Sunday, June 20, 2010

The Girl Who Kicked the Hornet's Nest by Stieg Larsson

This is Stieg Larsson's third, and final, novel in the Millenium series. It begins where the second novel, The Girl Who Played With Fire, left off.  Lisbeth Salander, the "girl" referred to in all three titles, is being sent to Sahlgreska Hospital in Stockholm after sustaining a bullet wound to the head and massive wounds to her shoulder. Surprisingly, she's still alive. After a long, intense surgery, Lisbeth is placed in the ICU, where she is only visited by medical staff, police and her lawyers, since she's under arrest for pretty serious offenses - attempted murder, aggravated assault and the like.  There's also talk about getting her committed to a mental hospital for pretty much the rest of her life. But the book itself, like it's previous two books, centers around government corruption and conspiracies, hatred and abuse of women (and Larsson's obvious concern and hatred of that hatred), and the threat to Swedish democracy by right wing elements in Swedish society. It's secondary themes seem to be loyalty and friendship and love.

I read this book as quickly and voraciously as I could, considering that I work full time, am on a broken ankle at work (yes, I finally returned!) and have a 2.5 year old.  It only took me one week to read a book that is 500 + pages. I was happy that the first one hundred pages or so resolved a number of mysteries left over from the first two books, even though I struggled to remember what had happened. I had to skim synopses from the first two books in order to remember.  What I didn't like was how Mr. Larsson introduced new characters so quickly; it was done so quickly that I had to keep a list and refer to it often to keep straight who was who, especially because there were at least two sets of characters whose names were fairly similar to each other. I thought that Larsson did an admirable job in his social commentary. He takes on really complex issues - issues that people have fought over and will continue to fight over for years to come - and he does so morally, cleverly and in a way that people can understand.  Some of his characters can be trying at times - for instance, while Mikael Blomkvist is an astoundingly dogged and loyal friend, who will do anything to make sure their voice is heard, he is unerringly vain and that vanity rubbed me the wrong way.  Of course, having a flawed hero isn't necessarily a bad thing - one can't have someone completely unrealistic take the helm otherwise readers won't necessarily identify with that person. The action sequences were good but what I really appreciated was how he made women equal players on the scene - police officers, lawyers and the like. It was fantastic.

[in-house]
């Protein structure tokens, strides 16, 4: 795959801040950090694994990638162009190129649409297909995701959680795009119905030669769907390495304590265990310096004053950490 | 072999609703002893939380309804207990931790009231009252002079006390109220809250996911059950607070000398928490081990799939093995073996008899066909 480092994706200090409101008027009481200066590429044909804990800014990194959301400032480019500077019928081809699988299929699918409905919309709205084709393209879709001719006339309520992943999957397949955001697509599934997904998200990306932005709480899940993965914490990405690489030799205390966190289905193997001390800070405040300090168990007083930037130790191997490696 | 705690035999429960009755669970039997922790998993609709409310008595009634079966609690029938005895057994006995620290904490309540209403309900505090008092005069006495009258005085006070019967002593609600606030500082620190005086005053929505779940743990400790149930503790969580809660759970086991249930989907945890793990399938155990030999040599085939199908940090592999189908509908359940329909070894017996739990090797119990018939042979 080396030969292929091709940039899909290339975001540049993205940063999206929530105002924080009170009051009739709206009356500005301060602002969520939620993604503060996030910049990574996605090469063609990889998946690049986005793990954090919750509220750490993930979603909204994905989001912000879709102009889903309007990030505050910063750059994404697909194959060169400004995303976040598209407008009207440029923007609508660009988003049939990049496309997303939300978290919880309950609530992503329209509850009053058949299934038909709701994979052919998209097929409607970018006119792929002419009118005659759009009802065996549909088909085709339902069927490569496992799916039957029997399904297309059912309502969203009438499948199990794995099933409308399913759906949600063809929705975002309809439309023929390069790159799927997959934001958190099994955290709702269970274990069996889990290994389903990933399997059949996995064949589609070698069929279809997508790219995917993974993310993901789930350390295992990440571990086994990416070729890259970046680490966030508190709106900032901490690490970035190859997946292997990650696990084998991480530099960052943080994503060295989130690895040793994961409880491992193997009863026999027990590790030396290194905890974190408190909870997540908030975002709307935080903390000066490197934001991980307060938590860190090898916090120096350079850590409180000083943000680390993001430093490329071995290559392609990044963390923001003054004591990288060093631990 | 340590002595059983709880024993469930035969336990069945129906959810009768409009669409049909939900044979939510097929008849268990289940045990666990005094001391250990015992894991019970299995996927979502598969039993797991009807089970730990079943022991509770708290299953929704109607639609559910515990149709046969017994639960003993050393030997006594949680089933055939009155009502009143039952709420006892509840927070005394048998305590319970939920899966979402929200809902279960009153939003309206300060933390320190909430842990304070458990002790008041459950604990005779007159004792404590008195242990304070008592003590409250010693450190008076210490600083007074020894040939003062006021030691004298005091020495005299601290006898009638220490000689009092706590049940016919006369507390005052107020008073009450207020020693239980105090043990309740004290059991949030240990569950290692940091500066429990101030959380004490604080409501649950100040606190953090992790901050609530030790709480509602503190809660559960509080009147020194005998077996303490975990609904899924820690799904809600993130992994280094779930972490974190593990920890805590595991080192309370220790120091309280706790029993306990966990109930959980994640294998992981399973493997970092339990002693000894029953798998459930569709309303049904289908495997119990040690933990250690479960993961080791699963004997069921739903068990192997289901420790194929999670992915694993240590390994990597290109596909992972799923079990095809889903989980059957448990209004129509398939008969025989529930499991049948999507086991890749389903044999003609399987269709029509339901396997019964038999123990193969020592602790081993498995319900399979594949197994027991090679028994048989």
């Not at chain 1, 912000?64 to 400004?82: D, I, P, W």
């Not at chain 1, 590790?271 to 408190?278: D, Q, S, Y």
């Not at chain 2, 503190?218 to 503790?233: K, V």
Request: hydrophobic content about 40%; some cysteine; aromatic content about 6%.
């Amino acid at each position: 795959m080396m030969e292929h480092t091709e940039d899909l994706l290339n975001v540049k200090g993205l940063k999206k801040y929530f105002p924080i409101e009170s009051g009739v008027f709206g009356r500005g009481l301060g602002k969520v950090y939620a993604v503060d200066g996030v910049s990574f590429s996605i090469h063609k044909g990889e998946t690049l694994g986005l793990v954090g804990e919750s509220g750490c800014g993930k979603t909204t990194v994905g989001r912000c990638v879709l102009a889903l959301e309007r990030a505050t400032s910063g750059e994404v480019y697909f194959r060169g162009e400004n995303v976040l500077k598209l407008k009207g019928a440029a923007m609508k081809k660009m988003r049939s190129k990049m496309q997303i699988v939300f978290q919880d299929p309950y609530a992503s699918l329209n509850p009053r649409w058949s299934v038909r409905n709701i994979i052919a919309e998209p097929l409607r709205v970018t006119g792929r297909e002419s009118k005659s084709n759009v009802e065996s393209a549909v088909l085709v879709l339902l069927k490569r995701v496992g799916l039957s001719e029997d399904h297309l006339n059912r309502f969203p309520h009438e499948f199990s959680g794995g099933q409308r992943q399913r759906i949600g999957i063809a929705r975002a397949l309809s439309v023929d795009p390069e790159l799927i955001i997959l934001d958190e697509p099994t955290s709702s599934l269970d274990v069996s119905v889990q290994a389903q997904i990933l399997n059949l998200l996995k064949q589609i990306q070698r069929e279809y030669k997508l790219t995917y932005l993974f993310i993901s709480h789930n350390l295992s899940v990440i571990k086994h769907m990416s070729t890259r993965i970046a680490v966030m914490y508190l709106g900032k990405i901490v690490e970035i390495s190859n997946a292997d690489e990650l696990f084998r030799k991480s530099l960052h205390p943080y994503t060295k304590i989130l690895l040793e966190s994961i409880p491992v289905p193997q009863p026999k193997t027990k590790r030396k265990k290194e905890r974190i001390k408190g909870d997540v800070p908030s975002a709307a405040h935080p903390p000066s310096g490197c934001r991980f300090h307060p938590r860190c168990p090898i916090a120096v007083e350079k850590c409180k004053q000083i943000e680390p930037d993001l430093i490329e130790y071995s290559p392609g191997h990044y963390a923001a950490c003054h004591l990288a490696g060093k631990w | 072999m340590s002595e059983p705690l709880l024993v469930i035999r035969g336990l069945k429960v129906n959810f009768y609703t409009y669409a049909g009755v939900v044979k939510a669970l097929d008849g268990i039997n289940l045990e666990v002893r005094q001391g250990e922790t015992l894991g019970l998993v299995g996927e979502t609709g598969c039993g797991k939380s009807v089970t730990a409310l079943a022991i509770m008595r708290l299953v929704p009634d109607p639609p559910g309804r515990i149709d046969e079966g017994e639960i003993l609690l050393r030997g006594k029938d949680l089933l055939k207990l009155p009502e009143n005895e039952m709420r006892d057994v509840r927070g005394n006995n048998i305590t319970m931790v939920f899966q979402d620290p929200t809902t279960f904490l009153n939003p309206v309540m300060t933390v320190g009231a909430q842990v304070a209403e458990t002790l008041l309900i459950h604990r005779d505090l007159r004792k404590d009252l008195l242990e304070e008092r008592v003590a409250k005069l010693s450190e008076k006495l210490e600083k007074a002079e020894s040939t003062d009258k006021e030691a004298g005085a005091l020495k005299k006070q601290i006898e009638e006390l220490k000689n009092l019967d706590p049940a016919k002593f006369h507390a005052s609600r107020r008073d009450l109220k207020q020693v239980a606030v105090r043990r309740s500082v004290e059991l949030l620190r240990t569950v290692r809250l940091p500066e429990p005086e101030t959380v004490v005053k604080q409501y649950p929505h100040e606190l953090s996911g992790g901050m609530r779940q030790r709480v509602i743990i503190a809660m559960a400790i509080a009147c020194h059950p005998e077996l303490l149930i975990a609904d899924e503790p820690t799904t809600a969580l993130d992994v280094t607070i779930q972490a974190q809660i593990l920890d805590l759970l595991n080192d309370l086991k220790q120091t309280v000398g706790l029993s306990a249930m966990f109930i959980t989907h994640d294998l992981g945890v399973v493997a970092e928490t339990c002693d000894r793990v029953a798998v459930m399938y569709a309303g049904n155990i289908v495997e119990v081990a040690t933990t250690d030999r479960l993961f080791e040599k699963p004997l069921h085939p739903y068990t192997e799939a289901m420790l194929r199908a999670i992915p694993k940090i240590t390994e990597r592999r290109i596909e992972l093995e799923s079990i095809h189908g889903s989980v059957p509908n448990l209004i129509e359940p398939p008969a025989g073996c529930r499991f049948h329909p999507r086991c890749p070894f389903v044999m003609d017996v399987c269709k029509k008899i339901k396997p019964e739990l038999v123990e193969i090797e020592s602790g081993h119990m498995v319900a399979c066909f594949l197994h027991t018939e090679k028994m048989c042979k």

Highly recommended but make sure you start with the first in the trilogy - The Girl With the Dragon Tattoo.

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